If all he is in 2015 is a 10-sack guy who plays mostly in obvious pass-rush situations, he’ll still be a valuable member of the defense. But if he can learn to become a complete player, he’ll blossom into an All-American candidate and a potential first-round pick.
NEWCOMERS TO WATCH
- WR Gehrig Dieter: The graduate transfer from Bowling Green is aiming to become this year’s Richard Mullaney. What will his role be in an already-crowded group of pass-catchers?
- OT Charles Baldwin: An early enrollee, the JUCO transfer is the early favorite to replace Dominick Jackson as the team’s starting right tackle. He’s got the build (6-5, 315) and the experience. But will he handle the transition?
- QB Jalen Hurts: He’s likely to fade to the background soon, as the Tide is absolutely loaded with talented players at quarterback. And if Blake Barnett wins the job, the redshirt freshman could keep it for a long, long time. But Hurts, an early enrollee and a member of the 2016 class, has some Blake Sims in him as a runner.
OFFENSIVE STARTERS TO REPLACE
- QB Jake Coker
- RB Derrick Henry
- RT Dominick Jackson
- C Ryan Kelly
- WR Richard Mullaney
Alabama fans shouldn’t be concerned at quarterback. Arguably, the team is in a better situation at the position in 2016 than it was either of the last two years, and Blake Sims and Jake Coker performed just fine. The only difference could be that the team gets much younger there, as both those guys were veterans.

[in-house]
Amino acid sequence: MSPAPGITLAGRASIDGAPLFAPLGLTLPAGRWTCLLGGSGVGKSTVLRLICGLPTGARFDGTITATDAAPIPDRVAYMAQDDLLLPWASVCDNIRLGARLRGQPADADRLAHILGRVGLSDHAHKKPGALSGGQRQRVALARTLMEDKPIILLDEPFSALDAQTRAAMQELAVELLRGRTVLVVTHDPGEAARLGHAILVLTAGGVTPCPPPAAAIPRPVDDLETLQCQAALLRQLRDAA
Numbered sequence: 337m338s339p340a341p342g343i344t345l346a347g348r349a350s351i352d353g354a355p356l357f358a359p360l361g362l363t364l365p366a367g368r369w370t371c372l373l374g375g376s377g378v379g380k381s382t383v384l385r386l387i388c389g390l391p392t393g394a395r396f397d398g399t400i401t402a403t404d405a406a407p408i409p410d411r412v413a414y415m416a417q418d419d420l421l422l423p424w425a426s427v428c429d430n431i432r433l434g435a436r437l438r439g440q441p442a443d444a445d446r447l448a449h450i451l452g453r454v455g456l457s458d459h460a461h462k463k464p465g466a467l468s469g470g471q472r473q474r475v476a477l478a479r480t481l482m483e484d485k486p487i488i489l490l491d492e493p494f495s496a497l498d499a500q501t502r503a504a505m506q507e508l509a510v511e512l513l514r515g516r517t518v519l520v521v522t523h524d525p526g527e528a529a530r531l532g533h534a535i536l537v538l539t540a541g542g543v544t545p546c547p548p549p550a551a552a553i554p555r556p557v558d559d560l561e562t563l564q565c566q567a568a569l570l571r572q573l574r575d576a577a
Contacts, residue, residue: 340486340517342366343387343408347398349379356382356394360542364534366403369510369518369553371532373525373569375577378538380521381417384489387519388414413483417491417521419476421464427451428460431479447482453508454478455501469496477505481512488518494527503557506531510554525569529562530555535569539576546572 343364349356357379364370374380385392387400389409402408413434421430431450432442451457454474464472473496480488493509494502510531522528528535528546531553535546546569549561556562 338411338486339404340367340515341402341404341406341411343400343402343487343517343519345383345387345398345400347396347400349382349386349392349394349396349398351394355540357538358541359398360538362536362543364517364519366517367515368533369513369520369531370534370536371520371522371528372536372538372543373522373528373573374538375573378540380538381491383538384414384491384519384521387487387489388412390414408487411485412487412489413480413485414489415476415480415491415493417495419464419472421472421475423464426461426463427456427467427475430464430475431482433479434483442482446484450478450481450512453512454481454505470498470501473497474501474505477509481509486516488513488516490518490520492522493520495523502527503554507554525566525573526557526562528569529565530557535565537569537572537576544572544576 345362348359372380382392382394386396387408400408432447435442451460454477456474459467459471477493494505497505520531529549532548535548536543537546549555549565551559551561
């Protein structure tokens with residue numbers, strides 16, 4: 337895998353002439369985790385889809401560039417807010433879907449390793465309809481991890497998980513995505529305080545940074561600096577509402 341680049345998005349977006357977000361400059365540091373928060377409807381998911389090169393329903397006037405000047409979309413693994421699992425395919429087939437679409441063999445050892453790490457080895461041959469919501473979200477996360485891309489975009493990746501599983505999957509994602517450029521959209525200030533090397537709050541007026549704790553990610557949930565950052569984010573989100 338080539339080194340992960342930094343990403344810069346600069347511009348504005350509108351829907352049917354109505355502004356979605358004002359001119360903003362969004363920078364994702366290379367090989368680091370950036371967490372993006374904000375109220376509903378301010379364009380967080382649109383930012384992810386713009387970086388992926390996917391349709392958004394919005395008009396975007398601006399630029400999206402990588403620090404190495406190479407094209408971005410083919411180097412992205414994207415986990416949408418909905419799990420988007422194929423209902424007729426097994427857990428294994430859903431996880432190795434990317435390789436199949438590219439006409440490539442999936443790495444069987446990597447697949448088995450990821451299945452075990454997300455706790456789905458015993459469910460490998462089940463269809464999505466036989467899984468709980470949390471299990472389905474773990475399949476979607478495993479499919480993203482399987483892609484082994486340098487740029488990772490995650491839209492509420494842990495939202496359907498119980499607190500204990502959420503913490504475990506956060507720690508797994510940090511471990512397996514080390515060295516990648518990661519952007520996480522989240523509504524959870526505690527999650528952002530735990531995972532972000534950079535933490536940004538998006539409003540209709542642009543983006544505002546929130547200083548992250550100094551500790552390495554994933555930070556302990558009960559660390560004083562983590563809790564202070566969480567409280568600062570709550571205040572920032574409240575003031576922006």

Mullaney was a solid player, but the Tide has more than enough pass-catchers.
There’s some concern at running back, especially with depth. Bo Scarbrough doesn’t have to win the Heisman Trophy for Alabama to get good production out of him as the projected starter. But Damien Harris must play much better than he did in limited time as a true freshman, or the team may have to rely on B.J. Emmons — who won’t arrive until the summer — as a key player early.
The Tide have plenty of bodies along the offensive line, but Kelly was the team’s best blocker last season and he’ll be missed. Clemson abused Jackson in the national championship game, but analytics revealed him to be a vastly underrated run-blocker. So the team will be relying on J.C. Hassenauer and probably Charles Baldwin in those spots.